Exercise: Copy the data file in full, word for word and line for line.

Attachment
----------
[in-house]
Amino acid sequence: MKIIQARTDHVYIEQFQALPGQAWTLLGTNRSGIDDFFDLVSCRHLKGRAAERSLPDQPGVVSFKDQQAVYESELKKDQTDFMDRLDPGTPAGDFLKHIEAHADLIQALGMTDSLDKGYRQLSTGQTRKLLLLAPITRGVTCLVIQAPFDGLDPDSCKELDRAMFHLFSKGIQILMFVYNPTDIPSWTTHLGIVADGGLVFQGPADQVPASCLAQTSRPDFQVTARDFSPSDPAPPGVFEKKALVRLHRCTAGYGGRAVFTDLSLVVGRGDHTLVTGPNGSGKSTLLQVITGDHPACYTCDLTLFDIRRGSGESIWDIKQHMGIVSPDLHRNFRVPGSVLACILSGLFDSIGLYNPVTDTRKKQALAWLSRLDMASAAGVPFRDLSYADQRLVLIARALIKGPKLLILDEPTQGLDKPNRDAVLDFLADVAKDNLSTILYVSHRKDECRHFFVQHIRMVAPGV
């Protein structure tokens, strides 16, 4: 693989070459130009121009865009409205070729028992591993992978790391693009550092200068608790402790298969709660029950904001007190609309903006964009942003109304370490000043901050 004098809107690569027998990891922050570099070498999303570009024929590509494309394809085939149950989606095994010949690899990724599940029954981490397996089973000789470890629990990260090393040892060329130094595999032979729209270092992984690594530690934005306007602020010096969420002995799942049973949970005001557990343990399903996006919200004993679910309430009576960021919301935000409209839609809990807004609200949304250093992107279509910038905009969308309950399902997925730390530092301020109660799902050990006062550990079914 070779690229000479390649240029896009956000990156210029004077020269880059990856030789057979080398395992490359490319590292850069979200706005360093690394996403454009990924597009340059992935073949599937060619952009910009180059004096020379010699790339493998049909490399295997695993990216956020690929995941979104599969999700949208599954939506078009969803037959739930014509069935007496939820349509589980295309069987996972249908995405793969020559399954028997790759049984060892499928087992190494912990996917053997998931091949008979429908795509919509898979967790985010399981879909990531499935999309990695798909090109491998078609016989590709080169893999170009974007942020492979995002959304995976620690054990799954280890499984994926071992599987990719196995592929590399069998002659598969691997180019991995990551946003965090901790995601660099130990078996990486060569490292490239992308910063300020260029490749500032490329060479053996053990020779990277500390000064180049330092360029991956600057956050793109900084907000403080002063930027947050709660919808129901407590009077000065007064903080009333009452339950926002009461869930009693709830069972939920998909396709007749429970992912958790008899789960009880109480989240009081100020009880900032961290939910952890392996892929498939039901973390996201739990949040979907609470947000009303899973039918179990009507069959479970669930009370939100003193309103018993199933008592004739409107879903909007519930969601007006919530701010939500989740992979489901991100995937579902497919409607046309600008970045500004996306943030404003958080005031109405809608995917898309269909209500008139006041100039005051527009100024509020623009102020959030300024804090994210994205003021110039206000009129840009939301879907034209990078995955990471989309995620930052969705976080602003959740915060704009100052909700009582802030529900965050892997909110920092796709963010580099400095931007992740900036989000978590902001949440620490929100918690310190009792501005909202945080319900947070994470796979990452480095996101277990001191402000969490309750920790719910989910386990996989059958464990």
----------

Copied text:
[in-house]
Amino acid sequence: MKIIQARTDHVYIEQFQALPGQAWTLLGTNRSGIDDFFDLVSCRHLKGRAAERSLPDQPGVVSFKDQQAVYESELKKDQTDFMDRLDPGTPAGDFLKHIEAHADLIQALGMTDSLDKGYRQLSTGQTRKLLLLAPITRGVTCLVIQAPFDGLDPDSCKELDRAMFHLFSKGIQILMFVYNPTDIPSWTTHLGIVADGGLVFQGPADQVPASCLAQTSRPDFQVTARDFSPSDPAPPGVFEKKALVRLHRCTAGYGGRAVFTDLSLVVGRGDHTLVTGPNGSGKSTLLQVITGDHPACYTCDLTLFDIRRGSGESIWDIKQHMGIVSPDLHRNFRVPGSVLACILSGLFDSIGLYNPVTDTRKKQALAWLSRLDMASAAGVPFRDLSYADQRLVLIARALIKGPKLLILDEPTQGLDKPNRDAVLDFLADVAKDNLSTILYVSHRKDECRHFFVQHIRMVAPGV
């Protein structure tokens, strides 16, 4: 693989070459130009121009865009409205070729028992591993992978790391693009550092200068608790402790298969709660029950904001007190609309903006964009942003109304370490000043901050 004098809107690569027998990891922050570099070498999303570009024929590509494309394809085939149950989606095994010949690899990724599940029954981490397996089973000789470890629990990260090393040892060329130094595999032979729209270092992984690594530690934005306007602020010096969420002995799942049973949970005001557990343990399903996006919200004993679910309430009576960021919301935000409209839609809990807004609200949304250093992107279509910038905009969308309950399902997925730390530092301020109660799902050990006062550990079914 070779690229000479390649240029896009956000990156210029004077020269880059990856030789057979080398395992490359490319590292850069979200706005360093690394996403454009990924597009340059992935073949599937060619952009910009180059004096020379010699790339493998049909490399295997695993990216956020690929995941979104599969999700949208599954939506078009969803037959739930014509069935007496939820349509589980295309069987996972249908995405793969020559399954028997790759049984060892499928087992190494912990996917053997998931091949008979429908795509919509898979967790985010399981879909990531499935999309990695798909090109491998078609016989590709080169893999170009974007942020492979995002959304995976620690054990799954280890499984994926071992599987990719196995592929590399069998002659598969691997180019991995990551946003965090901790995601660099130990078996990486060569490292490239992308910063300020260029490749500032490329060479053996053990020779990277500390000064180049330092360029991956600057956050793109900084907000403080002063930027947050709660919808129901407590009077000065007064903080009333009452339950926002009461869930009693709830069972939920998909396709007749429970992912958790008899789960009880109480989240009081100020009880900032961290939910952890392996892929498939039901973390996201739990949040979907609470947000009303899973039918179990009507069959479970669930009370939100003193309103018993199933008592004739409107879903909007519930969601007006919530701010939500989740992979489901991100995937579902497919409607046309600008970045500004996306943030404003958080005031109405809608995917898309269909209500008139006041100039005051527009100024509020623009102020959030300024804090994210994205003021110039206000009129840009939301879907034209990078995955990471989309995620930052969705976080602003959740915060704009100052909700009582802030529900965050892997909110920092796709963010580099400095931007992740900036989000978590902001949440620490929100918690310190009792501005909202945080319900947070994470796979990452480095996101277990001191402000969490309750920790719910989910386990996989059958464990």